Aircrew Association
Surrey Branch

Eulogy - Cyril Pearce 1917-2006


We gather here as is the custom of mankind to pay respect to the passing of a man, our relative, our friend and our comrade. It is also the custom to remark upon what sort of man he was. Perhaps to recognise, to be inspired by his contribution to the good of other people.

Some knew him as a Bow Street police officer, others as a bomber pilot and others as a school master who served his country honourably and well.

Cyril Denys Pearce was born in Shrewsbury on 6th September 1917. He was the eleventh of twelve children, eight sisters and three brothers. His father was in the Territorial Army, The King's Shropshire Light Infantry, and had fought as a Colour Sergeant in the South African war and as a Company Sergeant Major in the First World War. His father died before Cyril's fourth birthday, leaving a widow and her six children all under the age of fourteen.

At the age of eleven Cyril was awarded a scholarship at the Priory Grammar School. He played rugby for the school and was the school cricket and swimming captain. He was the town's one hundred yards schoolboy swimming champion. He sat for the School Certificate Examination and matriculated in 1934.

He got a job as a junior clerical assistant with Shropshire County Council at the magnificent salary of 40 per annum.
He became a veritable athlete, taking up gymnastics and boxing in addition to swimming and playing soccer, rugby and cricket. At eighteen and a half (the minimum age) he applied to join the Metropolitan Police Force. He was accepted, completed the thirteen weeks training and was sworn in as a police constable on 14th December 1936. He was posted to Bow Street Police Station and within one month he was on the beat on his own. He played rugby and water polo for the Metropolitan Police first teams.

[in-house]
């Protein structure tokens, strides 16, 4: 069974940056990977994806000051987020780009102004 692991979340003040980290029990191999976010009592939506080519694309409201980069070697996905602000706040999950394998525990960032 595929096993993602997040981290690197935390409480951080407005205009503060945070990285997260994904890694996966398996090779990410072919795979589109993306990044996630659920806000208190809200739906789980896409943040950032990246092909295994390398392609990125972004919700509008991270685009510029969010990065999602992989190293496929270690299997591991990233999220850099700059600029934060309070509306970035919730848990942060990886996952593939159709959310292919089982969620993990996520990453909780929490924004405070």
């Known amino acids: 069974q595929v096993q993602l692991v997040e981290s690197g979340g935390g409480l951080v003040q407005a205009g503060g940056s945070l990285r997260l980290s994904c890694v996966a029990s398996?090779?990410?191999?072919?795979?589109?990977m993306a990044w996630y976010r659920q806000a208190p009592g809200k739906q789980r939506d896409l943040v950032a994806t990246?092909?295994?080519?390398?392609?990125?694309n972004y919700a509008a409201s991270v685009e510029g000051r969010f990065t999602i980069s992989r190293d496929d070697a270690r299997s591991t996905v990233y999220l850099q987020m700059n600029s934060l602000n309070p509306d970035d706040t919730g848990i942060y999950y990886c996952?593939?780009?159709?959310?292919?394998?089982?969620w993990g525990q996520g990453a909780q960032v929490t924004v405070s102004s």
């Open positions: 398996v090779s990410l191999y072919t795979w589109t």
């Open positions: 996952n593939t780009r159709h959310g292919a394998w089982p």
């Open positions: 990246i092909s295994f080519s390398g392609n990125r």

From 17th September 1940 he was on duty for most of the consecutive nights that London was bombed and most of the other heavy air raids. Police officers did not go into the shelters, they stayed out on the streets. On 10th May 1941, the night of the last of the very heavy air raids he was on the beat that housed St. Clement Danes Church and he watched it burn to the ground.

In March 1941 police officers were given permission to apply for service in the R.A.F as pilots or observers only. He applied , was accepted as a pilot and was called up in August 1941. He was trained in Florida, Georgia and Alabama with the United States Army Air Corps under the Arnold Scheme. He graduated on 6th September 1942 (his 25th birthday) and was presented with his R.A.F wings and the pilots wings and a diploma of the United States Army Air Corps and was promoted to sergeant pilot.

On return to England he was posted to No.6 Pilots Advanced Training Unit at Little Rissington. This was the best possible posting that he could ever have had. For one Saturday night in November he went to the weekly dance at Cheltenham Town Hall and met Doreen who was in the W.A.A.F. They fell deeply in love with each other and have remained so ever since. They courted with great difficulty during the hard winter on 1942/3. He would catch the station bus from Little Rissington and she would hitch hike from Gloucester.